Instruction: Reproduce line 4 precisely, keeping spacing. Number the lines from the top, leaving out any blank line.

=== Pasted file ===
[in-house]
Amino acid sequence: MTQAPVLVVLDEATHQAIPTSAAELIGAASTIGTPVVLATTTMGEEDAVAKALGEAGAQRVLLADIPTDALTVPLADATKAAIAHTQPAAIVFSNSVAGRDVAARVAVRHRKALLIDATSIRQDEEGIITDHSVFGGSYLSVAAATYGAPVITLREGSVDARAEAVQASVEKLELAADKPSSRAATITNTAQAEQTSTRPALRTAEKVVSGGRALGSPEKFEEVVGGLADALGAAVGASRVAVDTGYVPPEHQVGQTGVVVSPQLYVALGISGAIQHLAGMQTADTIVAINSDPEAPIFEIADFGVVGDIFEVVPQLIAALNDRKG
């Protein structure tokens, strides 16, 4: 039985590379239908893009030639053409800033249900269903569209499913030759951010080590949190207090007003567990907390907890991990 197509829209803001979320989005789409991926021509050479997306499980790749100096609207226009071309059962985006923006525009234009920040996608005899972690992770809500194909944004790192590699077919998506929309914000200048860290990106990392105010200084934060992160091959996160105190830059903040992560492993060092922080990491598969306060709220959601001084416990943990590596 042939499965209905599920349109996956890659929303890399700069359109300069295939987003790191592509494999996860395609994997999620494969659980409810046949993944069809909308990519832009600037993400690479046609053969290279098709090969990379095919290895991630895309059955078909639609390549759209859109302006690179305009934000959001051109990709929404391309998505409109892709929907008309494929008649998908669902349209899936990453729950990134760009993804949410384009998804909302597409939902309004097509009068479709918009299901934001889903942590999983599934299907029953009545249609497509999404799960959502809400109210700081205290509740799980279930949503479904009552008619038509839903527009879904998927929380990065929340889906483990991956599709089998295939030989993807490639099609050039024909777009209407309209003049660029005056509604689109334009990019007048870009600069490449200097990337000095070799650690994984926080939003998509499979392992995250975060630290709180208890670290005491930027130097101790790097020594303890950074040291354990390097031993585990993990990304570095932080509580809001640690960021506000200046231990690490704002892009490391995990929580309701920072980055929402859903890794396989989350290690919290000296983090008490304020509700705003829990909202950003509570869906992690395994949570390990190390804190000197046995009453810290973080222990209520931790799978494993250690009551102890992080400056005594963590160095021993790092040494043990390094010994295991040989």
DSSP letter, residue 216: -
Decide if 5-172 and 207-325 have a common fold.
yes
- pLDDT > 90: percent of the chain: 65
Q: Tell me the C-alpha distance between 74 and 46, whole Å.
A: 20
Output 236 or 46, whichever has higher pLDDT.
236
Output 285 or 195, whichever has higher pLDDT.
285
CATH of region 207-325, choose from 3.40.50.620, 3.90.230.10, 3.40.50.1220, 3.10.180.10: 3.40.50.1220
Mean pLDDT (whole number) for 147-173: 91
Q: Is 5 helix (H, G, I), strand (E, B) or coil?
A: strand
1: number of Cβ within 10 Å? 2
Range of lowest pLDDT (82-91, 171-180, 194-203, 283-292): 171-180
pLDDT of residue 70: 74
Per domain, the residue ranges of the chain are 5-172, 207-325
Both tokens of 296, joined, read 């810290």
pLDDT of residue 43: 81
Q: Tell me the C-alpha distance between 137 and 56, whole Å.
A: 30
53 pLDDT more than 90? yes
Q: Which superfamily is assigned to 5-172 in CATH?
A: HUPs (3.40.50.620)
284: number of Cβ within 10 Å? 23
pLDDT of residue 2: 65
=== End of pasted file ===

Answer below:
DSSP letter, residue 216: -